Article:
Making Blyton’s Food: Barley Sugar


It’s been a while since I gave you a recipe, from my ever expanding Blyton cook book, and unfortunately I can’t offer you a recipe for simply smashing ices or cooling ginger beer. However this recipe for barley sugar is great as a home made sweet – possibly better for the winter month and presents. Surprisingly easy to make and soon you too can be sucking on a home made sweet as good as Joanna’s!

And don’t worry, peppermints are on my list of cooking- to-dos!

This recipe is  taken and adapted from the Radiation New World Cookery Book. A rather old book which is certainly my mother’s, possibly even my grandmother’s. It’s held together with parcel tape but has some smashing recipes in. The sweets section is very interesting, and even comes with little instructions on how to do all the tricky techniques. For around a fiver you can purchase your own copy from Amazon.

You will need:

1 lb of loaf of granulated sugar – I used loose granulated sugar, and that is fine. Whatever you do, it has to be GRANULATED sugar because the mixture has to be brought to the right temperature and it can only get there with granulated sugar.
3/4 of a pint of water
Pinch of cream of tartar or 1 tablespoonful of glucose – I used the glucose, which worked fine. It is just something to bind the mixture together really.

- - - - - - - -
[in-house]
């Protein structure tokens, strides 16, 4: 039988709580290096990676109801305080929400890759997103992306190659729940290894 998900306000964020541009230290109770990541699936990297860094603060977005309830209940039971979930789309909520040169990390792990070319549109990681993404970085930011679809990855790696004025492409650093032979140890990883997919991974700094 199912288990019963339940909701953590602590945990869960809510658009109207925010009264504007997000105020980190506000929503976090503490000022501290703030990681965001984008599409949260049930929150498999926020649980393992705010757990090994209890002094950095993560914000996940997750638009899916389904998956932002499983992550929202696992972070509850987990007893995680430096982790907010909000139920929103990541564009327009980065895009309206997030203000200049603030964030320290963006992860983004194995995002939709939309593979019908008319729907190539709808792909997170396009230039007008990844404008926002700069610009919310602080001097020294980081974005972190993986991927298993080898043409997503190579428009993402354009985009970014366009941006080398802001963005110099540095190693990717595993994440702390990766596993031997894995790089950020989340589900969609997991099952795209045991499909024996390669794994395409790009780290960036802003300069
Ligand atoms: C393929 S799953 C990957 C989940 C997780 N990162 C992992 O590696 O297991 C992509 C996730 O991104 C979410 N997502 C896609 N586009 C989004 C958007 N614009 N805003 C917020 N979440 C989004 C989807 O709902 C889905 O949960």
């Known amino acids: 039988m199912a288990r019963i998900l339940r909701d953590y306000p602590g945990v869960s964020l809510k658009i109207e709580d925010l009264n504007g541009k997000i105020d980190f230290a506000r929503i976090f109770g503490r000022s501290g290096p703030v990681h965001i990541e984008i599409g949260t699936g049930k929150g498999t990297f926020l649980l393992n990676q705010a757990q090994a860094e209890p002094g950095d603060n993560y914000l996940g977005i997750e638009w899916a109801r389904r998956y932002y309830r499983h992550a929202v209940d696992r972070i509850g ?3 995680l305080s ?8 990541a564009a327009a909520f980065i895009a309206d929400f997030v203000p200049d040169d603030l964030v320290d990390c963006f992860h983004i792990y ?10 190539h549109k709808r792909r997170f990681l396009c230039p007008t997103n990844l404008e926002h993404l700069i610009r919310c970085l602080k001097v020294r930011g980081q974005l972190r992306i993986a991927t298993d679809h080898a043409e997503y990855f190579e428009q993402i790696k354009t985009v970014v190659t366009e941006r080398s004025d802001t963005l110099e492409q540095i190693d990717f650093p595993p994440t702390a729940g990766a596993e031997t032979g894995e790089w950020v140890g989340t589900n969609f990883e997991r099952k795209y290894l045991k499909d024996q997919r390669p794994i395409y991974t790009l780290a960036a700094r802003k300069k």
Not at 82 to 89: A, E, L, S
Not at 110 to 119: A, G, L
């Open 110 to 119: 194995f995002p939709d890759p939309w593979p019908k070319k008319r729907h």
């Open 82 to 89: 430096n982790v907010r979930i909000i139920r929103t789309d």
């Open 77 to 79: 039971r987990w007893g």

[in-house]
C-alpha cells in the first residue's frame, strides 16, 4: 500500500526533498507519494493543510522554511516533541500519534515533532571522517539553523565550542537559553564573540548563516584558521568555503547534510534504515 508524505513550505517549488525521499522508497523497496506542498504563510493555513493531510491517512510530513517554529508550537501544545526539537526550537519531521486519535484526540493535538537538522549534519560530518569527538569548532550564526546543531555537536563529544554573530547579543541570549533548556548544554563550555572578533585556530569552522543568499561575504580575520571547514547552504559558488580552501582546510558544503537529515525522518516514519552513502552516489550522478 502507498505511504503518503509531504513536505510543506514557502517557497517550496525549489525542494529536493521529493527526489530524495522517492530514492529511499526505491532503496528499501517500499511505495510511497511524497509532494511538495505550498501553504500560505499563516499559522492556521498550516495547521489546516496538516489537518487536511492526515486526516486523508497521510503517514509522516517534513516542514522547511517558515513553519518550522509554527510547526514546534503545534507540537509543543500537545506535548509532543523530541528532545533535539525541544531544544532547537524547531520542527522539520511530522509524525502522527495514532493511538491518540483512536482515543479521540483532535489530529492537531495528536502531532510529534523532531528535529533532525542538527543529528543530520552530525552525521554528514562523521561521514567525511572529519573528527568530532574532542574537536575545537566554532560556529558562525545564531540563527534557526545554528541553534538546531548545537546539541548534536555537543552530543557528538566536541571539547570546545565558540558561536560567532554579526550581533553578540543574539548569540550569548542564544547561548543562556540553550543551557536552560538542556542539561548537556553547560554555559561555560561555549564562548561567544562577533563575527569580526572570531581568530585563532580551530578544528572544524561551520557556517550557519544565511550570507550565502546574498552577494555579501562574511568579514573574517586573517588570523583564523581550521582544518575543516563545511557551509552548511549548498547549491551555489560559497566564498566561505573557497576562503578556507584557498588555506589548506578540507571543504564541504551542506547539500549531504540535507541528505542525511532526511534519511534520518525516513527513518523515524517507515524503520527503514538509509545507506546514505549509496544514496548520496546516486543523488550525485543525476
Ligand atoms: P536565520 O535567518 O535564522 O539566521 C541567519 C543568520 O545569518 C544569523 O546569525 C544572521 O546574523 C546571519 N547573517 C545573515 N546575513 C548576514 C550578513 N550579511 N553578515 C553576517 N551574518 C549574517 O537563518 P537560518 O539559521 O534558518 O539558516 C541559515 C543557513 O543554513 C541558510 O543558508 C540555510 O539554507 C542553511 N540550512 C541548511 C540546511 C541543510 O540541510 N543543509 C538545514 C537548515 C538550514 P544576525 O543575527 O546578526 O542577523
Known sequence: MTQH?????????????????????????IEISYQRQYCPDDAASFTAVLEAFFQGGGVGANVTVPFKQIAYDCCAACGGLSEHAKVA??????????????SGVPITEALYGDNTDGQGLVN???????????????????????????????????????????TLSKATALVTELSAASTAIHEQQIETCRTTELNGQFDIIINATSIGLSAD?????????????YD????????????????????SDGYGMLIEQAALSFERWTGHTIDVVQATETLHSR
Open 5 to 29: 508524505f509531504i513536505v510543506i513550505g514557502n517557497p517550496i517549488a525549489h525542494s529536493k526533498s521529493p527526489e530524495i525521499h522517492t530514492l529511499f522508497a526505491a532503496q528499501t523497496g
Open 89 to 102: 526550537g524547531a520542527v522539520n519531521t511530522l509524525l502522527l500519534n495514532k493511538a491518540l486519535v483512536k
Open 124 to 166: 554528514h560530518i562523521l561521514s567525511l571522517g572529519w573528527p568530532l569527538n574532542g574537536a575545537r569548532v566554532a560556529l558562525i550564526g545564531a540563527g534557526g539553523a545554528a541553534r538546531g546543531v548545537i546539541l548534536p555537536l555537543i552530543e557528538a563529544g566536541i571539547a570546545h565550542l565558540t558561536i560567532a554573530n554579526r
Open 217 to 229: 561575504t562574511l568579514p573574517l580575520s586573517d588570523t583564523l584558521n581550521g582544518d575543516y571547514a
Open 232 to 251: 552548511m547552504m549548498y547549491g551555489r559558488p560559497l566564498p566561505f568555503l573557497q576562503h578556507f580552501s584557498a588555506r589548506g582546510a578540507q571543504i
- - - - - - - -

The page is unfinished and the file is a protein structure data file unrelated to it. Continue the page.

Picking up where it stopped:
A few drops of lemon juice
A few drops of vanilla essence – I actually used vanilla extract

Method: 

  • Soak the sugar and water in a pan for 1 hour (Catherine and I only soaked the sugar for 10 minutes which seemed to work just as well.)
  • Then stir over a low flame until the sugar has dissolved (without bringing it to boiling point!)
  • Add the glucose (or cream of tartar if that’s your choice) and bring sugar to boiling point.
  • Using a [sugar] thermometer, boil until the temperature reaches 245Farenheit (F).
  • Add lemon juice and boil to 312F.
  • Remove the saucepan from the heat at once.
  • Add a few drops of vanilla essence (or extract) and allow to stand  until the all the bubbles have disappeared.
  • Pour into an greased tin or onto a greased slab.
  • While the barley sugar is cooling, mark it into squares or cut into strips with a greased knife  and twist with damp hands.
  • When quite cool, pack into airtight jars or tins.

I would suggest having clear counters and an afternoon to give this a go. It does take a while for the sugar to dissolve and then for the mixture to cool enough to cut and twist (if you’re adventurous like that). However, once it has hardened it makes a very nice sweet, perfect for sharing!

So give it a go and let us know how you get on! And don’t forget to suggest any recipes for us to try!

I’ll leave you with the pictures I took of making the sweets!

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